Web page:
Northwestern State University will continue the HyFlex model of instruction for courses into the 2021 spring semester.
HyFlex is a course design model that allows for students to participate in classes both in-person and remotely.
As NSU continues with plans to mitigate the spread of COVID-19 through the adherence of state health and safety protocols, the HyFlex model of instruction will be the reality of campus for the foreseeable future.
According to Provost and Vice President of Academic Affairs, Dr. Greg Handel, the HyFlex model allows flexibility for students.
“Because we split the classes into a face-to-face and virtual experience, students are able to attend live, participate in class discussions live or virtually, and still have the option to attend if they have been quarantined,” Handel said. “Likewise, it offers faculty who may feel unsafe being in a classroom to synchronously deliver their courses.”
Handel mentioned faculty members have noticed differences in student participation under HyFlex.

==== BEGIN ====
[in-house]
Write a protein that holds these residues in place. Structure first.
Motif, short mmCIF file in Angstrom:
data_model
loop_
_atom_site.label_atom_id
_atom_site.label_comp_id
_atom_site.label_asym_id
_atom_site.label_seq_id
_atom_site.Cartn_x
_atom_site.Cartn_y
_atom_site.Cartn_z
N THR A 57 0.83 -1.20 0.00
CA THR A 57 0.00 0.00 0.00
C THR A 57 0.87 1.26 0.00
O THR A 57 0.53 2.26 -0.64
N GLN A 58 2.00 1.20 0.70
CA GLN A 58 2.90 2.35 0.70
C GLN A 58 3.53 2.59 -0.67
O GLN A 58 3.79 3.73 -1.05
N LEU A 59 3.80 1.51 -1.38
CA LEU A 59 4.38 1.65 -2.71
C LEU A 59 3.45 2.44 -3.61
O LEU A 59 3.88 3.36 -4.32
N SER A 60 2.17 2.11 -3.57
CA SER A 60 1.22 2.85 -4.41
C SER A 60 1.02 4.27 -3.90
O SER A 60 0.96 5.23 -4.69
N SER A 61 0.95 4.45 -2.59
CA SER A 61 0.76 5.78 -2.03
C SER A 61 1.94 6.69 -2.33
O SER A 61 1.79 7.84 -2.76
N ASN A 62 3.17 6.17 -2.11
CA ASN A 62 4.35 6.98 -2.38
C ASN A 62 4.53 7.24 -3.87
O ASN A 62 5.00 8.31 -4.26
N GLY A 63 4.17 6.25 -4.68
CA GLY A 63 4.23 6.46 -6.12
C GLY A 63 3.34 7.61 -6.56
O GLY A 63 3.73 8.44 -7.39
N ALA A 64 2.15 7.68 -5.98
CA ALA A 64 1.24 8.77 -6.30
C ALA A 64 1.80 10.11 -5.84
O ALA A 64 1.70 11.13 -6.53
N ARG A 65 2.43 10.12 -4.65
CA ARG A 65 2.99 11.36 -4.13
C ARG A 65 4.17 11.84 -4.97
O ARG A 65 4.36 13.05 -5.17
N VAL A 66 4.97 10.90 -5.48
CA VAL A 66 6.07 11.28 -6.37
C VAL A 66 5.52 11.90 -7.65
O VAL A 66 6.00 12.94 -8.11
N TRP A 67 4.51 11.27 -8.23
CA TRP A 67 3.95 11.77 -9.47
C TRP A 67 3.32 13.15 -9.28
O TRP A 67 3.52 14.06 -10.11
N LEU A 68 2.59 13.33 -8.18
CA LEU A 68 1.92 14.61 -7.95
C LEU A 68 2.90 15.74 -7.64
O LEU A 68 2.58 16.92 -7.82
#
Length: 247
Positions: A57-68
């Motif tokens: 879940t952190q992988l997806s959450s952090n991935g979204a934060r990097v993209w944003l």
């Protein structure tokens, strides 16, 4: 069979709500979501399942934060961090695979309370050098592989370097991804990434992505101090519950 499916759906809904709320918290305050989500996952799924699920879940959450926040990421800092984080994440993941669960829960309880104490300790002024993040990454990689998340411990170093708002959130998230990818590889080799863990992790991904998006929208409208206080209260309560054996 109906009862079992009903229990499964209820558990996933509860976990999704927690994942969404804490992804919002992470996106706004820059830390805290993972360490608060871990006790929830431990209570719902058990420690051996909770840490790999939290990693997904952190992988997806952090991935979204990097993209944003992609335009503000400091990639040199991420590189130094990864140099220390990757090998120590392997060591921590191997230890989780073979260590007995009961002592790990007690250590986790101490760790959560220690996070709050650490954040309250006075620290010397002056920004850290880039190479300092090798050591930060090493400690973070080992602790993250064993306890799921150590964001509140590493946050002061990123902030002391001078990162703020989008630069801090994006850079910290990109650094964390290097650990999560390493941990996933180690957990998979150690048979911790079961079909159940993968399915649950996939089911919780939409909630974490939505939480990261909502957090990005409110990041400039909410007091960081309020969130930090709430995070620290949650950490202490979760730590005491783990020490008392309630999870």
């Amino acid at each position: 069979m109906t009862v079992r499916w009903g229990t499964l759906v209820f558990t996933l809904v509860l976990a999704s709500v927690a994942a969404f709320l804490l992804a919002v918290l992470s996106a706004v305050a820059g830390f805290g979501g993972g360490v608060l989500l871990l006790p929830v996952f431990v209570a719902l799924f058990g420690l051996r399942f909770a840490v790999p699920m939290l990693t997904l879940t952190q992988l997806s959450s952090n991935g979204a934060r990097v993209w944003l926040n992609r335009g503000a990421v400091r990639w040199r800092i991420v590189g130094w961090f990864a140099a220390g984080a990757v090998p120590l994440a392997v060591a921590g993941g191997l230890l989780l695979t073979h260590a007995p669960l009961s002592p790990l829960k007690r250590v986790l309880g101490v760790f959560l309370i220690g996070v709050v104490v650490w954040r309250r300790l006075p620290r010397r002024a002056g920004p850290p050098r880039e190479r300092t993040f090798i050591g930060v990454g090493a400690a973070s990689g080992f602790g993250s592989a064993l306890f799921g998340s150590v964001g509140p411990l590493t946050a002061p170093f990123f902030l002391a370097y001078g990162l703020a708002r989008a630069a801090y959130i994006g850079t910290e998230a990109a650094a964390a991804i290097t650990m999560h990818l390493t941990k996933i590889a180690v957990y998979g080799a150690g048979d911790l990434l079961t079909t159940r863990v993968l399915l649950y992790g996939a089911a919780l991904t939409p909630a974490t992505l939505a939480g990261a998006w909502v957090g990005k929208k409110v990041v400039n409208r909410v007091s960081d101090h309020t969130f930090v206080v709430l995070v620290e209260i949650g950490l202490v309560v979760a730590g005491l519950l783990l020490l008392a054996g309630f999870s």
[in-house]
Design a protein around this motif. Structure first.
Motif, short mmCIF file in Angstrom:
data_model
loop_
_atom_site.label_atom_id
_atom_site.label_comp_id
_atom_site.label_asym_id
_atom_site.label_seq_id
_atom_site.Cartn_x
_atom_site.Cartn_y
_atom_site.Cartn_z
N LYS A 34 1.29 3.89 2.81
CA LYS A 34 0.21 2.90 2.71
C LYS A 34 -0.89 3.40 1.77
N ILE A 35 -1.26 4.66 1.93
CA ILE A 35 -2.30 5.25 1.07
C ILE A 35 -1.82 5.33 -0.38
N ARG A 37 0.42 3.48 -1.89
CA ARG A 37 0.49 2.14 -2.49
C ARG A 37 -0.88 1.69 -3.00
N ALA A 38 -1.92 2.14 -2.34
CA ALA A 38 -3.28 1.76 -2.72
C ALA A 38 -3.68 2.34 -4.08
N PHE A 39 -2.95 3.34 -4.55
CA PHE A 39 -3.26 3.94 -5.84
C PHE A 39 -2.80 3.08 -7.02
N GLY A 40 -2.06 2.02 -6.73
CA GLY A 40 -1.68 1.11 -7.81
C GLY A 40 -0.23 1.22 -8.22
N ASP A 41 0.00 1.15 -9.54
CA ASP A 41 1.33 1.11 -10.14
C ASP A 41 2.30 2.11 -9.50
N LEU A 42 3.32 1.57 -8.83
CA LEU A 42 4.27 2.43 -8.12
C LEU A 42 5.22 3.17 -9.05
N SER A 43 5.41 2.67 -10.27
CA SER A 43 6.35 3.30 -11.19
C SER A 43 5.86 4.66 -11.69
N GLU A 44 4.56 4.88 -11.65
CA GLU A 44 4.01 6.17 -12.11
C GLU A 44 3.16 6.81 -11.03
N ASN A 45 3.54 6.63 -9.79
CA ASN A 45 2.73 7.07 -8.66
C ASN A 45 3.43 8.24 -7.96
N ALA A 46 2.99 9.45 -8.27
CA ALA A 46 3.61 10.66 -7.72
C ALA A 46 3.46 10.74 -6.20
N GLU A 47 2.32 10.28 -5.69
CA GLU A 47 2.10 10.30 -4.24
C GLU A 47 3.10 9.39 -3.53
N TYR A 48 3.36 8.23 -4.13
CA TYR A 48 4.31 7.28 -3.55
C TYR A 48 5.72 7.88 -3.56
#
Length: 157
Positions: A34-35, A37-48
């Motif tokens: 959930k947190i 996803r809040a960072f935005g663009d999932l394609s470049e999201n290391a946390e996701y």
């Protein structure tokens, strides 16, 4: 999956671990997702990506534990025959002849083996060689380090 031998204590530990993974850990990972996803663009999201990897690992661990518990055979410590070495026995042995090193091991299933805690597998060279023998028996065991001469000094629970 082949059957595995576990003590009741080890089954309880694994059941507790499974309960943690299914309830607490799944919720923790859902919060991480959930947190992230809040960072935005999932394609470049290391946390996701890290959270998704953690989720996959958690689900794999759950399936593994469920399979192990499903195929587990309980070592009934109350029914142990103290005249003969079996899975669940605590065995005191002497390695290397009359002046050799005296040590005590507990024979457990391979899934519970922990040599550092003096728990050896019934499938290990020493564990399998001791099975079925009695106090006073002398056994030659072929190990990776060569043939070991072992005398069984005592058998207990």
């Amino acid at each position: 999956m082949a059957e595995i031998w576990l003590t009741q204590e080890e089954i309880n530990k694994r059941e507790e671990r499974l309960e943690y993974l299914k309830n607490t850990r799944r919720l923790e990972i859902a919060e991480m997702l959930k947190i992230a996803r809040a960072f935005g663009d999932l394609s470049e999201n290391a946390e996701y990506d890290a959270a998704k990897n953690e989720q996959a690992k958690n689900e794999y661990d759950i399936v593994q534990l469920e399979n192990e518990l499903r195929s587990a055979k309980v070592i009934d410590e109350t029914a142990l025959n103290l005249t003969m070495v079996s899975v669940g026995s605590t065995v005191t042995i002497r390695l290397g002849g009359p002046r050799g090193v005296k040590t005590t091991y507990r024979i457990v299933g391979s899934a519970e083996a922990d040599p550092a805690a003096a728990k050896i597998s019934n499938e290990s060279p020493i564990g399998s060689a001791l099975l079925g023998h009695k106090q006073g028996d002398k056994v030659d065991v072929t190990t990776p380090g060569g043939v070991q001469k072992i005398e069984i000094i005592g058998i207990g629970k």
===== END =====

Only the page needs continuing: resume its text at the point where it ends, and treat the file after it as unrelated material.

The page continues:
“Some faculty have been concerned that participation is not as good as it is live, and that test results aren’t as strong,” Handel said.
Keylee Boone, a senior English major, has to drive four hours on days she is required to attend her courses in-person.
While responses to HyFlex courses have been mainly positive, implementation and communication has been difficult according to Boone.
“Being from Opelousas, Louisiana, I currently live two hours away from NSU. I drive four hours out of the day on Mondays and Wednesdays,” Bonne said. “I’ve driven to campus many times just to find out that class was cancelled, when professors could have sent an email.”
According to Boone, many people in her class are also unable to make it to lessons because of their daily drive.
“Who has that type of gas money?” Boone asked.
Dr. Francene Lemoine, biology professor and dean of the College of Arts and Sciences, has described her experience with HyFlex learning as overwhelmingly positive, noting that faculty have had to be creative to adjust to the new format.
“The purpose of laboratory courses in the sciences is to allow for a hands on experience that reinforces concepts covered in the companion lecture courses,” Lemoine said. “We have had to develop simulation exercises to mimic that experience.”